## Working around LUKS password in laptops that now transitioned to headless machines

As we grow old, so do our computing machines. And just like we don’t decommission ourselves, so should be the case of the machines. They should be semi-retired, delegating major tasks to newer machines while they can still serve some less demaning work: File Servers, UPNP Servers et cetera.

It is common on a Debian installer based derivative, and otherwise too, to use block encryption on Linux. With machines from this decade, I think we’ve always had CPU extension for encryption.

So, as would be the usual case, all my laptops are block encrypted. But as they reach the phase of their life to retire and serving as a headless boss, it becomes cumbersome to keep feeding it a password and all the logistics involved to feed it. As such, I wanted to get rid of feeding it the password.

Then, there’s also the case of bad/faulty hardware, many of which mostly can temporarily fix their functionality when reset, which usually is to reboot the machine. I still recollect words of my Linux Guru - Dhiren Raj Bhandari - that many of the unexplainable errors can be resolved by just rebooting the machine. This was more than 20 years ago in the prime era of Microsoft Windows OS and the context back then was quite different, but yes, some bits of that saying still apply today.

So I wanted my laptop, which had LUKS set up for 2 disks, to go password-less now. I stumbled across a slightly dated article where the author achieved similar results with keyscript. So the thing was doable.

To my delight, Debian cryptsetup has the best setup and documentation in place to do it with just adding keyfiles

rrs@lenovo:~$dd if=/dev/random of=sda7.key bs=1 count=512 512+0 records in 512+0 records out 512 bytes copied, 0.00540209 s, 94.8 kB/s 19:19 ♒♒♒ ☺ 😄 rrs@lenovo:~$ dd if=/dev/random of=sdb1.key bs=1 count=512
512+0 records in
512+0 records out
512 bytes copied, 0.00536747 s, 95.4 kB/s
19:20 ♒♒♒   ☺ 😄

rrs@lenovo:~$sudo cryptsetup luksAddKey /dev/sda7 sda7.key [sudo] password for rrs: Enter any existing passphrase: No key available with this passphrase. 19:20 ♒♒♒ ☹ 😟=> 2 rrs@lenovo:~$ sudo cryptsetup luksAddKey /dev/sda7 sda7.key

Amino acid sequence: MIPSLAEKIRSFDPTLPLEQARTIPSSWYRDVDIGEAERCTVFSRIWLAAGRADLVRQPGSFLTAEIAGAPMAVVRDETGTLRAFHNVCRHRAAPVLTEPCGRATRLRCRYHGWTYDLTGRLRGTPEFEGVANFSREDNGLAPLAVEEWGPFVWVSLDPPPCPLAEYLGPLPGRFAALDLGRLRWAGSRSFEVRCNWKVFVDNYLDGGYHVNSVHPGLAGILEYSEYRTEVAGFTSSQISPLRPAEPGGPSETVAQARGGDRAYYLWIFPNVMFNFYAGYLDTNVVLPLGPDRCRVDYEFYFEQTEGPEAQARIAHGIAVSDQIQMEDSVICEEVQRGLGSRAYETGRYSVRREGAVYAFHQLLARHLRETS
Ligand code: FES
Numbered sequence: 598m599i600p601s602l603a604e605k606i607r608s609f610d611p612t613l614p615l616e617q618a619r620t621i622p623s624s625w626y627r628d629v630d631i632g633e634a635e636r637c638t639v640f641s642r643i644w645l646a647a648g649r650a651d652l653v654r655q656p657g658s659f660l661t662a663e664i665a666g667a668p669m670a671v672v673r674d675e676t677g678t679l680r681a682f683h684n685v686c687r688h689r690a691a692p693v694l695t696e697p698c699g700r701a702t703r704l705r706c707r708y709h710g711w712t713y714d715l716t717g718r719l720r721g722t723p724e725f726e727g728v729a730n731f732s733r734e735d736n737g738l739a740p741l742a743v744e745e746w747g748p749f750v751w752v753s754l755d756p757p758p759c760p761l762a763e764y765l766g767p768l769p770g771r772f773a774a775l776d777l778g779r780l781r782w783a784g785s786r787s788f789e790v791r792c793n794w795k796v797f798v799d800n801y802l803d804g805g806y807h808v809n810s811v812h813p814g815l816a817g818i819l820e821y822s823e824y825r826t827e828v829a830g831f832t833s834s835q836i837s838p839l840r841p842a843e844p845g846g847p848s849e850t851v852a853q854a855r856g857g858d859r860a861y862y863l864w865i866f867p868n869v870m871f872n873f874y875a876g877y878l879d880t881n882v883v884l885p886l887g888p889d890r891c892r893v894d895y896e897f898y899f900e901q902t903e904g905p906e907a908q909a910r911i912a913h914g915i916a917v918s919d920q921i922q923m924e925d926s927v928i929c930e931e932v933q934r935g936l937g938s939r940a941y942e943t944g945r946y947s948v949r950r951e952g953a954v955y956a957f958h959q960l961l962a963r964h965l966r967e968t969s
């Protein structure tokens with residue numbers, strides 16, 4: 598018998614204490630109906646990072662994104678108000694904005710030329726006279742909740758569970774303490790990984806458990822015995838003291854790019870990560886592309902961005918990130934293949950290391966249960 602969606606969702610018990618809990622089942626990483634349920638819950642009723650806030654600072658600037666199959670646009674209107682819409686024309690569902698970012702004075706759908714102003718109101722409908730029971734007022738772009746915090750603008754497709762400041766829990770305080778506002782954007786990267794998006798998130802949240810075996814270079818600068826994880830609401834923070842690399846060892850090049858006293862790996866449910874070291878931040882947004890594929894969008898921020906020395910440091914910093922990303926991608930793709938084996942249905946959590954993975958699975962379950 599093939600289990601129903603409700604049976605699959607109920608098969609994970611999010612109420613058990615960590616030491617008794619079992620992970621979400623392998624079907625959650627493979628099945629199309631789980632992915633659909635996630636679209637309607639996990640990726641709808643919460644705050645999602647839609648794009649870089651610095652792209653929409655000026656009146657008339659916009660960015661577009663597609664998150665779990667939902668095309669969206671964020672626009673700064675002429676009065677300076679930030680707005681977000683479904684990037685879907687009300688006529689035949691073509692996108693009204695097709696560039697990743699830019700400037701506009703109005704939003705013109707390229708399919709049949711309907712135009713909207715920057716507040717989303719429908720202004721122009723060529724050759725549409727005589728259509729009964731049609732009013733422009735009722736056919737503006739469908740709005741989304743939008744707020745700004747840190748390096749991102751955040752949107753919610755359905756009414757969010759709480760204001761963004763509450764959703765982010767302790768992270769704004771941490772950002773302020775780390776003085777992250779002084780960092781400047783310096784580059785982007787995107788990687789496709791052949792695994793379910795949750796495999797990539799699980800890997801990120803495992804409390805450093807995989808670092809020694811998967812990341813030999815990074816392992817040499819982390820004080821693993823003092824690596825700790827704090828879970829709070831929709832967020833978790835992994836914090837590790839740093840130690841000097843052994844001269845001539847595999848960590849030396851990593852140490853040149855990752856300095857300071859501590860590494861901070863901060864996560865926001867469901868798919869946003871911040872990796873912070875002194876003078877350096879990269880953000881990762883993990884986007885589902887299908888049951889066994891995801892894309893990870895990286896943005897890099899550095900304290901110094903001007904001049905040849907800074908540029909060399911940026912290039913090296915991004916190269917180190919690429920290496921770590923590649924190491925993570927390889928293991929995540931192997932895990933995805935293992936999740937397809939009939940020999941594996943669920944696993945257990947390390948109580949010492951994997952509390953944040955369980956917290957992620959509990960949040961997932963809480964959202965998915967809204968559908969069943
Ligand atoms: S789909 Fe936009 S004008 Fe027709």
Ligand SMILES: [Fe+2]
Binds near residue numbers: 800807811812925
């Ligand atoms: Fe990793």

Enter any existing passphrase:
19:20 ♒♒♒   ☺ 😄

rrs@lenovo:~$sudo cryptsetup luksAddKey /dev/sdb1 sdb1.key Enter any existing passphrase: 19:21 ♒♒♒ ☺ 😄  and the nice integration in crypttab to ensure your keys propagate to initramfs rrs@lenovo:~$ cat /etc/cryptsetup-initramfs/conf-hook
#
# Configuration file for the cryptroot initramfs hook.
#

#
# KEYFILE_PATTERN: ...
#
# The value of this variable is interpreted as a shell pattern.
# Matching key files from the crypttab(5) are included in the initramfs
# image.  The associated devices can then be unlocked without manual
# intervention.  (For instance if /etc/crypttab lists two key files
# /etc/keys/{root,swap}.key, you can set KEYFILE_PATTERN="/etc/keys/*.key"
# to add them to the initrd.)
#
# If KEYFILE_PATTERN if null or unset (default) then no key file is
# copied to the initramfs image.
#
# Note that the glob(7) is not expanded for crypttab(5) entries with a
# 'keyscript=' option.  In that case, the field is not treated as a file
# name but given as argument to the keyscript.
#
# WARNING: If the initramfs image is to include private key material,
# you'll want to create it with a restrictive umask in order to keep
# non-privileged users at bay.  For instance, set UMASK=0077 in
# /etc/initramfs-tools/initramfs.conf
#

KEYFILE_PATTERN="/etc/luks/sd*.key"
19:44 ♒♒♒   ☺ 😄    

The whole thing took me around 20-25 minutes, including drafting this post. From Retired Head and Password Prompt to Headless and Password-less. The beauty of Debian and FOSS